Academic journal article Journal of Supply Chain Management

Professional, Research, and Publishing Trends in Operations and Supply Chain Management

Academic journal article Journal of Supply Chain Management

Professional, Research, and Publishing Trends in Operations and Supply Chain Management

Article excerpt


At the 2014 Academy of Management Annual Conference in Philadelphia, a panel discussion was held on "Trends in Operations and Supply Chain Management." The panel consisted of a group of experienced scholars tasked with presenting their views on important issues facing the operations and supply chain management (O/SCM) academic profession. They touched on a wide range of topics, many of them bigger than just O/SCM and relevant to business schools, universities, and the groups that they work with. We asked four of these scholars to each prepare a short essay on this topic that we could use for distribution and debate with the community of O/SCM scholars globally. What follows is the outcome of this "virtual roundtable" of debate and discussion.

One of the most commonly raised topics in this discussion was that of "relevance," or more specifically, criticism that a growing lack of relevance of our academic research to managerial practice existed. In fact, this is a common theme across the Academy, seen in articles such as "Connecting Scholars and Business" (BizEd Editorial Staff, 2014a) and "Reconnecting with the Business World: Socially Responsible Scholarship" (Tsui, 2015). The latter was written by a former president and editor at the Academy of Management who asks (p. 38): "How long will taxpayers, private and public funding agencies, and society at large tolerate these self-serving, inward-looking 'castle in the sky' research practices?" Others also have raised the question of whether we adequately consider multiple stakeholders when determining the "impact" or "contribution" of our scholarship (Aguinis, Shapiro, Antonacopoulou & Cummings, 2014; BizEd Editorial Staff, 2015a; Shinn, 2014). While some suggestions for solutions to this lack of relevance have been made (BizEd Editorial Staff, 2014c, 2015b; Sullivan, Roche, Thomas & Triantis, 2014; Voss, 2010), few help scholars to balance the competing demands of tenure and none have recently been specific to the O/SCM domain.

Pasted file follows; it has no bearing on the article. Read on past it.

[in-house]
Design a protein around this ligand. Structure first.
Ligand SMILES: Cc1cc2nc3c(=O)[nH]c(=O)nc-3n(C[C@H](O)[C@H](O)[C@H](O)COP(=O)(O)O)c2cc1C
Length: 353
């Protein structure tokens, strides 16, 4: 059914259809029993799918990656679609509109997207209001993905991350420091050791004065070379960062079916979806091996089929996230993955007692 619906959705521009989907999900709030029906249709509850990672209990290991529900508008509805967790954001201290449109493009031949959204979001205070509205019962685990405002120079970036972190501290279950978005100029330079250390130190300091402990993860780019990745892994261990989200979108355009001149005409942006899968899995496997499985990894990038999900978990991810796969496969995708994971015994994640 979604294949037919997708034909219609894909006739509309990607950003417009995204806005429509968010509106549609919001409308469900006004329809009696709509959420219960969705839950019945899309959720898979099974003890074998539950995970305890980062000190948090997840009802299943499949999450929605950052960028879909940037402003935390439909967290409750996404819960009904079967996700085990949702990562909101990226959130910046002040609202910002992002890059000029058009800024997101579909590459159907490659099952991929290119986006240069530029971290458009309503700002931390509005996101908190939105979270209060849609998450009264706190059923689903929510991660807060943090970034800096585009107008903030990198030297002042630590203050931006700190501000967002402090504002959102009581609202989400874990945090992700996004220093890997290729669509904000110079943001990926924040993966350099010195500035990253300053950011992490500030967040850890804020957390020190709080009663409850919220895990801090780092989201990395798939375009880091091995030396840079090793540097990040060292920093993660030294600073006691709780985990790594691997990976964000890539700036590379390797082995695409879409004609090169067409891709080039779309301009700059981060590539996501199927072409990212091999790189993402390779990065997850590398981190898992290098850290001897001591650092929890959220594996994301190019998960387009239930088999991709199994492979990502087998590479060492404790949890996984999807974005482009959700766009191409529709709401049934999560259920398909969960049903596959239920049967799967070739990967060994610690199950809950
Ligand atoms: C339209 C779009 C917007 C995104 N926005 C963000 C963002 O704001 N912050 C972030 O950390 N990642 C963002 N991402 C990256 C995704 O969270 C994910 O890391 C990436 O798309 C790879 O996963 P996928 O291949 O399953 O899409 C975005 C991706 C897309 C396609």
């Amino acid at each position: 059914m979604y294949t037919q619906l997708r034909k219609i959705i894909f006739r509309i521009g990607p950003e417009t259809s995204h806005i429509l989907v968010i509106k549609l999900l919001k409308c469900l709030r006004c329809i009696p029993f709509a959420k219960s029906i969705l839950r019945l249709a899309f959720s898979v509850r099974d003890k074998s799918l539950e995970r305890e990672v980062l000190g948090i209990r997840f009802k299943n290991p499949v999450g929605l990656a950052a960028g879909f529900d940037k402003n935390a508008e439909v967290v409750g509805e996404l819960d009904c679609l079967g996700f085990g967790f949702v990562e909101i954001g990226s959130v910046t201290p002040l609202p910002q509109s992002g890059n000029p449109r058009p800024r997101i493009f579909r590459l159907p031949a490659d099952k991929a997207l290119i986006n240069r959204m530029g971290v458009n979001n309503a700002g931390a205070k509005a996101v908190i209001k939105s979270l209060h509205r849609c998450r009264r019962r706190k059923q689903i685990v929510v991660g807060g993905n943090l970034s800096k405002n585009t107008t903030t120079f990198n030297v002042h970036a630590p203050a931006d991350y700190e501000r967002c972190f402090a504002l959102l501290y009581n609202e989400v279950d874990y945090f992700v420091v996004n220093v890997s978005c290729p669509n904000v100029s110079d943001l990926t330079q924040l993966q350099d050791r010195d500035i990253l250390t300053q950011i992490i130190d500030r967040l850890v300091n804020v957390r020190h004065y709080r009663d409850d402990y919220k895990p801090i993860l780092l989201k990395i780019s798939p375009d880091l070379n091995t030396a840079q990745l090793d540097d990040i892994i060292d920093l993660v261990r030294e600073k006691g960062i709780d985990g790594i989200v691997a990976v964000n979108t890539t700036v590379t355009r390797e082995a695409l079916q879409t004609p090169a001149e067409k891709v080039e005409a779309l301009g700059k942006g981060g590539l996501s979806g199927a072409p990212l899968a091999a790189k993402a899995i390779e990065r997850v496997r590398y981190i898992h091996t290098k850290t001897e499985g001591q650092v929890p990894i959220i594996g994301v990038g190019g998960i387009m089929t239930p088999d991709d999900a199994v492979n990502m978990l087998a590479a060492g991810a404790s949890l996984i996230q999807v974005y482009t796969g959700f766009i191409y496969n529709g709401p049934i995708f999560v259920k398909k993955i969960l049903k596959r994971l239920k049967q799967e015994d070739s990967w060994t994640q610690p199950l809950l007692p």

In a related theme, much of the discussion in our virtual roundtable was concerned with pressure to increase the rigor in our research that did not also take into account the importance (and challenges) of creativity. Many felt that too much focus on a single method or narrow questions had limited our research but that care was also needed to ensure rigor did not become a casualty in the rush to increase relevance. Our contributors suggested creative approaches that provide solutions to these somewhat counterintuitive forces, such as seeking out rather than shying away from complexity, more use of "big data," using alternative and multiple methodologies, taking risks, and networking with more and different scholars.

The third major theme was that while O/SCM is viewed as being a very tactical domain, management executives and business schools are only willing to spend time on strategic issues (BizEd Editorial Staff, 2014c). As Morgan, Levitt and Malek (2007, pp. 2-4) observe:

   ... senior executives regularly retreat to ... elegant
   conference centers where they plan the Next Big
   Thing, leaving the grunt work of execution to the
   lower echelons. And that is precisely where strategy
   goes awry.... Executives have a tendency to think of
   this kind of work as being too 'tactical' to take up
   their precious time. Nothing could be further from
   the truth ...

Steve Brown, Editor at International Journal of Operations and Production Management agrees:

Very few Chief Executive Officers really understand the strategic importance of operations within their own organizations.... they perceive operations as little more than a set of highly routinized, repetitive, narrow tasks... The consequence of this can be catastrophic. Business schools send out MBAs and other business graduates armed with a view of operations merely as a technical, 'solution-fixing', low-level function rather than as part of the strategic remit of the organization. …

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